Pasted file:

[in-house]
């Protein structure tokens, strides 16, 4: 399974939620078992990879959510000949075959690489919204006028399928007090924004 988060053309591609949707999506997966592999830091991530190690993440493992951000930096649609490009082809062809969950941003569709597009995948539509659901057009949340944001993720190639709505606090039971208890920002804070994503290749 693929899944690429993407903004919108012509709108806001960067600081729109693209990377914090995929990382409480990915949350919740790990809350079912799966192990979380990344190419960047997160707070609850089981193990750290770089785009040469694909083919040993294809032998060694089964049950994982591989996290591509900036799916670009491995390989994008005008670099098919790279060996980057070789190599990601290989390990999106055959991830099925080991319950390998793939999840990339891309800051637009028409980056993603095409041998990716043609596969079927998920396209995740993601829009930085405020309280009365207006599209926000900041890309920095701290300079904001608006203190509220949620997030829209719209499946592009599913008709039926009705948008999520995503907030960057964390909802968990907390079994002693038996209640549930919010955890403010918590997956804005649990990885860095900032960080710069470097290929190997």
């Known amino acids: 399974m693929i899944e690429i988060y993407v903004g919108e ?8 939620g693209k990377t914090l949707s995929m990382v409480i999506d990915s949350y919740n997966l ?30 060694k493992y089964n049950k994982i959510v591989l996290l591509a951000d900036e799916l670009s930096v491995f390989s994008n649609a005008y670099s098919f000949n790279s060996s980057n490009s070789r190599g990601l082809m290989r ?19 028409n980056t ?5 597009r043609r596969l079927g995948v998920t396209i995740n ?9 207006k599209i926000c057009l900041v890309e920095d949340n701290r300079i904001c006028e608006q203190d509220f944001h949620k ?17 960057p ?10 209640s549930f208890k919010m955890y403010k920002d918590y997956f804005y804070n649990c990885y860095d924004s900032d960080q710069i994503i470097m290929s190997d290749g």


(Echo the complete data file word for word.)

[in-house]
């Protein structure tokens, strides 16, 4: 399974939620078992990879959510000949075959690489919204006028399928007090924004 988060053309591609949707999506997966592999830091991530190690993440493992951000930096649609490009082809062809969950941003569709597009995948539509659901057009949340944001993720190639709505606090039971208890920002804070994503290749 693929899944690429993407903004919108012509709108806001960067600081729109693209990377914090995929990382409480990915949350919740790990809350079912799966192990979380990344190419960047997160707070609850089981193990750290770089785009040469694909083919040993294809032998060694089964049950994982591989996290591509900036799916670009491995390989994008005008670099098919790279060996980057070789190599990601290989390990999106055959991830099925080991319950390998793939999840990339891309800051637009028409980056993603095409041998990716043609596969079927998920396209995740993601829009930085405020309280009365207006599209926000900041890309920095701290300079904001608006203190509220949620997030829209719209499946592009599913008709039926009705948008999520995503907030960057964390909802968990907390079994002693038996209640549930919010955890403010918590997956804005649990990885860095900032960080710069470097290929190997």
């Known amino acids: 399974m693929i899944e690429i988060y993407v903004g919108e ?8 939620g693209k990377t914090l949707s995929m990382v409480i999506d990915s949350y919740n997966l ?30 060694k493992y089964n049950k994982i959510v591989l996290l591509a951000d900036e799916l670009s930096v491995f390989s994008n649609a005008y670099s098919f000949n790279s060996s980057n490009s070789r190599g990601l082809m290989r ?19 028409n980056t ?5 597009r043609r596969l079927g995948v998920t396209i995740n ?9 207006k599209i926000c057009l900041v890309e920095d949340n701290r300079i904001c006028e608006q203190d509220f944001h949620k ?17 960057p ?10 209640s549930f208890k919010m955890y403010k920002d918590y997956f804005y804070n649990c990885y860095d924004s900032d960080q710069i994503i470097m290929s190997d290749g």